dates assigned to the Huskies in October were an interesting
way for Motzko’s head coaching tenure to begin,
as visits to Northern Michigan and Colorado College
were mixed in with home games versus Wisconsin, Minnesota
and North Dakota.
But if you expected these Huskies to roll over and
play dead, you were mistaken. The team has emerged
with a 6-8-2 mark thus far and should head into the
holiday break with a .500 mark after this weekend’s
home series with Robert Morris. While we’re
not expecting the team to make the NCAAs, we’ve
learned to pick against Motzko at your own risk.
TOUGHEST ROAD IN
After a dismal 0-4 start, Minnesota Duluth
has gone 7-4-3 and has quietly slid into the upper
half of the WCHA standings as we approach 2006. If
they’re serious about home ice in the playoffs,
the Bulldogs should store up some points in January.
As far back as the preseason, Bulldogs coach Scott
Sandelin nearly shuddered when he noted their February
and March schedule. The Bulldogs' last four weekends
of the year will be spent at home versus top-ranked
Wisconsin, at North Dakota, at home versus Colorado
College and at Minnesota. In the midst of all that,
Sandelin’s wife, Wendy, is due to give birth
to their second child. Sounds like a stressful few
weeks in the life of one American family.
Colorado College vs. Denver (home
and home), March 2-3. Last season, they awarded
the MacNaughton Cup after both games in this season-ending
series as the Front Range rivals split the trophy.
This season, with Wisconsin already owning a nice
nest egg of league points, we have a sneaking suspicion
that this series will be the battle for second, or
third or fourth place. In a way, that makes it more
interesting as by March, the real battle is usually
to finish third and avoid the WCHA Final Five’s
Thursday night play-in game. We’re thinking
that with Brett Sterling’s previous struggles
versus Denver well-documented, this series might be
a make-or-break one for him, too, if he has serious
designs on winning the Hobey.
BIGGEST QUESTIONS ANSWERED
Does league-wide instant replay work?
Sure, in fact, it’s working perfectly if you
ask the officials. So far, not one on-ice goal call
has been ruled “no goal” after a review.
Of course, nothing’s truly perfect, as coaches
have complained about lengthy delays for reviews that
have meant de facto timeouts and some interesting
switches in momentum. But on the whole, we’ll
give instant replay a thumbs-up thus far.
Will Minnesota State, Mankato find a goalie?
Yes, and they found one in the strangest of places.
The basketball hotbed of Syracuse, N.Y., isn’t
exactly the normal stomping ground for Mavericks hockey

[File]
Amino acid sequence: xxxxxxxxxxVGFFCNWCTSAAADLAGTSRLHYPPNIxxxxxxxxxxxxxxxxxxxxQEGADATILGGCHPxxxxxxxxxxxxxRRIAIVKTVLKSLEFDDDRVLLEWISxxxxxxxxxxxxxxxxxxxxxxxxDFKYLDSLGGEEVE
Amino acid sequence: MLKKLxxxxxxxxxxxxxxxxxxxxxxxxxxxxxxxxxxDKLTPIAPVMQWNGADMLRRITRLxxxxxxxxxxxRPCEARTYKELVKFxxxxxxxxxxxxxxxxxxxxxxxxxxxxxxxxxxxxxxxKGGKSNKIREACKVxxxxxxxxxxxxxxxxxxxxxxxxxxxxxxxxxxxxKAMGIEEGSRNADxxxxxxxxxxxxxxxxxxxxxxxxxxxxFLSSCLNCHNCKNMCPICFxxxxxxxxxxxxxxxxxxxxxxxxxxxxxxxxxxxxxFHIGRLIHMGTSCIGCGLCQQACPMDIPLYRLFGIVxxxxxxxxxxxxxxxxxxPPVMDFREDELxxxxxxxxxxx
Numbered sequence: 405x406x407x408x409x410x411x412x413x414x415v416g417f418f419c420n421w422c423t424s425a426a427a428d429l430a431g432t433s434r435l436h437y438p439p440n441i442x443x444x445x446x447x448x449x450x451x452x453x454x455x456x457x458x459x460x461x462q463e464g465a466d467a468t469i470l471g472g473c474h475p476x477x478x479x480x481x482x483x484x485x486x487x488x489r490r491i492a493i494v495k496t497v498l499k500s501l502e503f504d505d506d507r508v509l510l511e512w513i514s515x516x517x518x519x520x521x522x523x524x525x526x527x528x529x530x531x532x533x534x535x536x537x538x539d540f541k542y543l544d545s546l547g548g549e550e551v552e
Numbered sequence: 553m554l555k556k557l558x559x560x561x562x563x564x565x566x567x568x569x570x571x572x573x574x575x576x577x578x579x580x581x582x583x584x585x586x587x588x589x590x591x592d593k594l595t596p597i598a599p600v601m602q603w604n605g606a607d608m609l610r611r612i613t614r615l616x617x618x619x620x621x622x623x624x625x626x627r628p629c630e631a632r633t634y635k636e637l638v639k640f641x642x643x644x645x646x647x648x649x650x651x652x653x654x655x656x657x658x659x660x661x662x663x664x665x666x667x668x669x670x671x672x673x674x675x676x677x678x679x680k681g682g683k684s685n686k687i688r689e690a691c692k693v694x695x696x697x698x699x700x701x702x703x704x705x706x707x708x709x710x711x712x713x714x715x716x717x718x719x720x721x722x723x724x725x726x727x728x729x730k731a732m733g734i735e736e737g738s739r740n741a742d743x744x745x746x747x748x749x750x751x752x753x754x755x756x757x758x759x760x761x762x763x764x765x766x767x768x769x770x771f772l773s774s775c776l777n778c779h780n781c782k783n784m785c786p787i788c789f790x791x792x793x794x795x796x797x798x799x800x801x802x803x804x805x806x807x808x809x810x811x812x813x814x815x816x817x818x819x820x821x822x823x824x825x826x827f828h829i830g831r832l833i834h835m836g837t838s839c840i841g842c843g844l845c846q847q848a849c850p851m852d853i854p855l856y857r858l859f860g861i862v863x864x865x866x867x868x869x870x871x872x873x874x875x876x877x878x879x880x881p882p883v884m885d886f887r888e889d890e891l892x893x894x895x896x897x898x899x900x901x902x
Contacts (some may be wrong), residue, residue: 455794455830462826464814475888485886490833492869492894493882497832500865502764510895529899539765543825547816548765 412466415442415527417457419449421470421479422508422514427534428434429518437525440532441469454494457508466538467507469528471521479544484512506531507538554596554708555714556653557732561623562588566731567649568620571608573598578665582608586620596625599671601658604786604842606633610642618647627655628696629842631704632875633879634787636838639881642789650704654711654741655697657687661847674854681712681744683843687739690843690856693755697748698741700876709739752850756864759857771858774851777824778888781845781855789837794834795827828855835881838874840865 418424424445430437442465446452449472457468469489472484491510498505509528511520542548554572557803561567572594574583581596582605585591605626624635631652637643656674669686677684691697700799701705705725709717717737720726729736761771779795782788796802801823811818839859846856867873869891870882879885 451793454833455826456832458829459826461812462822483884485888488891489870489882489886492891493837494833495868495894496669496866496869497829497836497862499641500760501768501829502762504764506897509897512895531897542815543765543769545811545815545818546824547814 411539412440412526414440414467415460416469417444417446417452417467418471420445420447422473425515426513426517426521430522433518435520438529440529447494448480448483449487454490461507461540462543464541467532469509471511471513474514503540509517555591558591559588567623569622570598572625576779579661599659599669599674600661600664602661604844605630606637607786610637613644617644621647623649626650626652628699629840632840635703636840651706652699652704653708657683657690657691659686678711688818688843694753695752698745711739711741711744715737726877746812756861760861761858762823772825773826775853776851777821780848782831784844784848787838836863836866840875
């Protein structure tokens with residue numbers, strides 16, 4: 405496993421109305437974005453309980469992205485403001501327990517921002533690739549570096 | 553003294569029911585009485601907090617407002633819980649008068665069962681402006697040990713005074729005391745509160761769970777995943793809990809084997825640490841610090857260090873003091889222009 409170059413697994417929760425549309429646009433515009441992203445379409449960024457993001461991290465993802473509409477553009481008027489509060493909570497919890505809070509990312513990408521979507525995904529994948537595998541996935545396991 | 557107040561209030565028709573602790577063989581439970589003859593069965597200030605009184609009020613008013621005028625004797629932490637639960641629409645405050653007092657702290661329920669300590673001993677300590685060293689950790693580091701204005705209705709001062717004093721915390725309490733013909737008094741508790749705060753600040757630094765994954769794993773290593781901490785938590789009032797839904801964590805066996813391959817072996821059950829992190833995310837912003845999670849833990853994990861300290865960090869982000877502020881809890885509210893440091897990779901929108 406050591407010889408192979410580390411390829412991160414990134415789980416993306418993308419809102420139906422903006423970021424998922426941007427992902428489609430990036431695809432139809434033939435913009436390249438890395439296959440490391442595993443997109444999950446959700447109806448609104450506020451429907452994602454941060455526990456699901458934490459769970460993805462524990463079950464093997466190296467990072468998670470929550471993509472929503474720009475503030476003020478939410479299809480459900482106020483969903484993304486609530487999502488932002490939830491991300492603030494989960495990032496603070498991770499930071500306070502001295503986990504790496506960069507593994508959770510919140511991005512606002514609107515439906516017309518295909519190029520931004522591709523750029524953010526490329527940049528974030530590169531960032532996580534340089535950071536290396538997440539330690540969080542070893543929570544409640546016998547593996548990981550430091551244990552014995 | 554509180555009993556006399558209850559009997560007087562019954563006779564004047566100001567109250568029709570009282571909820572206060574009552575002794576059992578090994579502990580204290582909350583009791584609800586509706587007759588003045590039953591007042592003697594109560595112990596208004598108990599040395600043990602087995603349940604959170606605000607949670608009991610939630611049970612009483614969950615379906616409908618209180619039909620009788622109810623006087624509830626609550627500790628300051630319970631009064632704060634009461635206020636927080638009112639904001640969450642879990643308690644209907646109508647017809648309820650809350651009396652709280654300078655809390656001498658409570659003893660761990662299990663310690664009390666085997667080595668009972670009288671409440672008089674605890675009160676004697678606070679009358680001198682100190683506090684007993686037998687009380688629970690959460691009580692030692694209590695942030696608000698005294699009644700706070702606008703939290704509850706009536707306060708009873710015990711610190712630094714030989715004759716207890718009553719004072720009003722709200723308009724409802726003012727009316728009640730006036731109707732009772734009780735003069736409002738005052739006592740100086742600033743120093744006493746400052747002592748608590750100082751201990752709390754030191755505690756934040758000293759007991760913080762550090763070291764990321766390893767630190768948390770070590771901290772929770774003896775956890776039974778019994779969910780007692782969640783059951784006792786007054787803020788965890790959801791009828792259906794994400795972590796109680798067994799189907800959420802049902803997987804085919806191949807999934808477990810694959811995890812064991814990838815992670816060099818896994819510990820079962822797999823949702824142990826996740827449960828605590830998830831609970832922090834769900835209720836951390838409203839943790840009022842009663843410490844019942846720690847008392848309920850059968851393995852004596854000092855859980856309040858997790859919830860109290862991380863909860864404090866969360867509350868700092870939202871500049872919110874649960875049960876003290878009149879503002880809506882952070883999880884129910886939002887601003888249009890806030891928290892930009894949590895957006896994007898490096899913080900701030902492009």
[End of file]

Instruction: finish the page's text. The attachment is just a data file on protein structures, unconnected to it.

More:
recruiters, but that’s where freshman netminder
Dan Tormey was raised before ending up in Mankato.
While the Mavs aren’t contending for the title
or even home ice, just yet, Tormey has helped them
be competitive nearly every night and has hopefully
made the 9-6 and 8-5 losses a thing of the past.
BIGGEST QUESTIONS REMAINING
Has WCHA commissioner Bruce McLeod
ever awarded the MacNaughton Cup in December?
After Minnesota was all but anointed as league champs
at this time last year before a bizarre January swoon,
we should probably resist shipping the league title
to Madison just yet. But with just one league loss
thus far, the Badgers are already within sight of
the school’s fourth MacNaughton Cup.
Will the college hockey
world look this way to save College Hockey America?
For more than a decade as the Huskies have struggled
on the ice, there’s been talk at Michigan Tech
about maybe switching conferences. While most think
that the CCHA (where the Huskies played for three
seasons in the early 1980s) would be a logical new
home for Tech hockey, we’re wondering if the
big money being offered by CHA might be tempting to
the powers that be in Houghton.
First Half All-WCHA Team
two seasons of patience and tutelage in zen master
Bill Howard’s goalie school, Elliott has
emerged ready for prime time. With a backup that’s
still learning, keeping their starter fresh in
the second half will be key for the Badgers..
two NCAA titles already on his resume, Carle’s
stellar defense and offense in the first half
have some opponents calling him the nation’s
best at any position. More of the same in 2006
could make him the fifth defender to win the Hobey.
a nod to CC’s Brian Salcido, Gilbert’s
skills and veteran leadership have been the catalysts
for a defensive unit that has smothered opponents
en route to a commanding lead in the WCHA title
the most reliable source of offense on a team
that supposedly can’t score, the sophomore
from Plover, Wis., is quietly averaging better
than a point per game. The way Bucky plays defense,
he’s been somewhat overshadowed by his talented
linemate, Sertich’s quest to become the
first two-time Hobey winner won’t end in
disappointment for lack of effort.
critics who call him one-dimensional (Didn’t
they say that about Brett Hull too?), Sterling
leads the league in goals, points, and points
per game. Find a way to score against Denver,
and he could be the third Tiger Hobey in the past